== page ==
This answer is a more detailed version of my two comments on the question.
I do not know the origin of the notation エンターティナー, but let me give a few plausible origins.
First, I think that hypercorrection is a pretty plausible reason. For example, what was written as フイルム is now also written as フィルム, reflecting the pronunciation of the original word in English better (or at least intending to do so). If one does not know the pronunciation of “entertainer” in English, one may well think that what is written as エンターテイナー is probably more precisely written as エンターティナー, “analogously” to other words such as フィルム.
A cursory look at some of the search results for ["エンターティナー" 発音] on Google seems to give enough evidence that some people indeed pronounce “エンターティナー” with the ティ /ti/ sound.
Non-standard use of letter ぃ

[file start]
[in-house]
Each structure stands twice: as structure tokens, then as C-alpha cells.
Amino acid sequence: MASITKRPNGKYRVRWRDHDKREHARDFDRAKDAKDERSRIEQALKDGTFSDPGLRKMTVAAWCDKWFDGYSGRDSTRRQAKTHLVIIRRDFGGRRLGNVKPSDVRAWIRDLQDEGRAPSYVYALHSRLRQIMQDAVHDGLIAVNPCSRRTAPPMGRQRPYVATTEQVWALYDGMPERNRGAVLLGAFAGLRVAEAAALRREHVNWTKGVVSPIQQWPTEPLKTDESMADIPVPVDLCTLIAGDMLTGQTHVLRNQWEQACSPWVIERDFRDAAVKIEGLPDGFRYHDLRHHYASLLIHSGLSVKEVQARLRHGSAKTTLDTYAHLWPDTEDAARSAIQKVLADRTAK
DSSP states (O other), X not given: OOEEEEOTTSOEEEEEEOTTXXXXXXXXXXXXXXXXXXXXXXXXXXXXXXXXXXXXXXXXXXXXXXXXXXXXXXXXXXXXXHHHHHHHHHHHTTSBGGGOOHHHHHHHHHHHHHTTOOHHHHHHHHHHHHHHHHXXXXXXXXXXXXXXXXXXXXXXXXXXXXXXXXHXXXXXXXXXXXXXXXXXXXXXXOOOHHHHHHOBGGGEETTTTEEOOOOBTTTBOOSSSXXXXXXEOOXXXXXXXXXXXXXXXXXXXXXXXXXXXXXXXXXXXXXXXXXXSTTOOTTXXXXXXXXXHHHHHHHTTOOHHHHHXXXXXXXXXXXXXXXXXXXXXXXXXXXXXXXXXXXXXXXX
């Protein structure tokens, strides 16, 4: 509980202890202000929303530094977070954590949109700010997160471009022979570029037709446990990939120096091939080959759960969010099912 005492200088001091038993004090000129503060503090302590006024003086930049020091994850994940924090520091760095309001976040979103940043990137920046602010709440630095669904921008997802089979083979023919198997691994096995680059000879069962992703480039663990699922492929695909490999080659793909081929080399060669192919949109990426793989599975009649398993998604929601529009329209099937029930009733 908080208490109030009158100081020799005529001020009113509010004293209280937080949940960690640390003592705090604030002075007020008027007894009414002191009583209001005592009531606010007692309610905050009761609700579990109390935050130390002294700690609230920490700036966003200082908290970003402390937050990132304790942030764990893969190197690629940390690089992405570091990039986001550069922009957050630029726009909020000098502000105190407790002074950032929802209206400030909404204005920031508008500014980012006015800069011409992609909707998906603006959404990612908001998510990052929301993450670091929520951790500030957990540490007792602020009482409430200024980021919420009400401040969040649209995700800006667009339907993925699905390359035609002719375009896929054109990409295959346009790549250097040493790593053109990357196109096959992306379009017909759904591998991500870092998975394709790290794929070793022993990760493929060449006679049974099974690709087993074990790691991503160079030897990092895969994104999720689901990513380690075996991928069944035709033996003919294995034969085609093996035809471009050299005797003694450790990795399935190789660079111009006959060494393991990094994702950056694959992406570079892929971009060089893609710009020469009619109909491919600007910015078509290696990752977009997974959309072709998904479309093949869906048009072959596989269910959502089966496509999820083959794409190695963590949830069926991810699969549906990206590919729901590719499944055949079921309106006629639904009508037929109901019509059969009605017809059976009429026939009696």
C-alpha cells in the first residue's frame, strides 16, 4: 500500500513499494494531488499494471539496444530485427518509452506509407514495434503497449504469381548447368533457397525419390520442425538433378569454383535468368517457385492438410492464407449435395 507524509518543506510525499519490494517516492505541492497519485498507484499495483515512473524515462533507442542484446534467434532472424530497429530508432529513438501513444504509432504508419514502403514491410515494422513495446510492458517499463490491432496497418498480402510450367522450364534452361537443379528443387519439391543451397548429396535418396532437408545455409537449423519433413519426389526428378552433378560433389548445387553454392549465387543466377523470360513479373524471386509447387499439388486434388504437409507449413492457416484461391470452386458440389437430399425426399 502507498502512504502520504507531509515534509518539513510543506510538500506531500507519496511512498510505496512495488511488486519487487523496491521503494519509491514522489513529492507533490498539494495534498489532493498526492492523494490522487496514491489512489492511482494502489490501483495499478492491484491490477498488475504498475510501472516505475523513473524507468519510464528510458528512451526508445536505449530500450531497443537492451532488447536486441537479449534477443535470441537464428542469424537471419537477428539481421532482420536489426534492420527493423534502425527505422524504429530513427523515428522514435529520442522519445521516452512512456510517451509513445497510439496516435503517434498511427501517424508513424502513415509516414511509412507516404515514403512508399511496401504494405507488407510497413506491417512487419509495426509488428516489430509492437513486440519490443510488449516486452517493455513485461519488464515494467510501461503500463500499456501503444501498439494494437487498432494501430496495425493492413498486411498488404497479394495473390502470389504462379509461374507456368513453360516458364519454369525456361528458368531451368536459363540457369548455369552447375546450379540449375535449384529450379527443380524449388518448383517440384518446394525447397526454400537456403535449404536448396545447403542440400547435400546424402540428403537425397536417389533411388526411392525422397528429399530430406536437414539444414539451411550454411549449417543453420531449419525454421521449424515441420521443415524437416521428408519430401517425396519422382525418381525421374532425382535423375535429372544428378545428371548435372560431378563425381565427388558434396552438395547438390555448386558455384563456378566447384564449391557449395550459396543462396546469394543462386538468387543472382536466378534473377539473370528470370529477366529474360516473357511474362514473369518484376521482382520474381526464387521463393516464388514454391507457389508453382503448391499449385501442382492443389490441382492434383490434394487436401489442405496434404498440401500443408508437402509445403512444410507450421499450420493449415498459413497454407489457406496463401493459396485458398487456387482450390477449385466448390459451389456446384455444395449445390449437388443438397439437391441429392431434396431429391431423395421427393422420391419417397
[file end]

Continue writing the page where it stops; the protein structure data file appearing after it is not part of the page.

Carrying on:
Second, some people seem to use little ぃ in a non-standard way; namely, to denote a weak い sound instead of modifying the preceding vowel to /i/. For example, there is a cake product called かすてぃら. If I am not mistaken, this product name is pronounced as かすていら with /i/ sound or かすてーら with long /e/ sound, never with /ti/ sound. As an another example, some people write “へい” in the Edo dialect as “へぃ”: searching ["へぃお待ち"] on Google shows 213 results (by checking until the last search-result page). For those who employ this non-standard convention, エンターティナー is pronounced as エンターテイナー with weak イ, which reflects the pronunciation of the English word as well as (or possibly even better than) the usual notation エンターテイナー.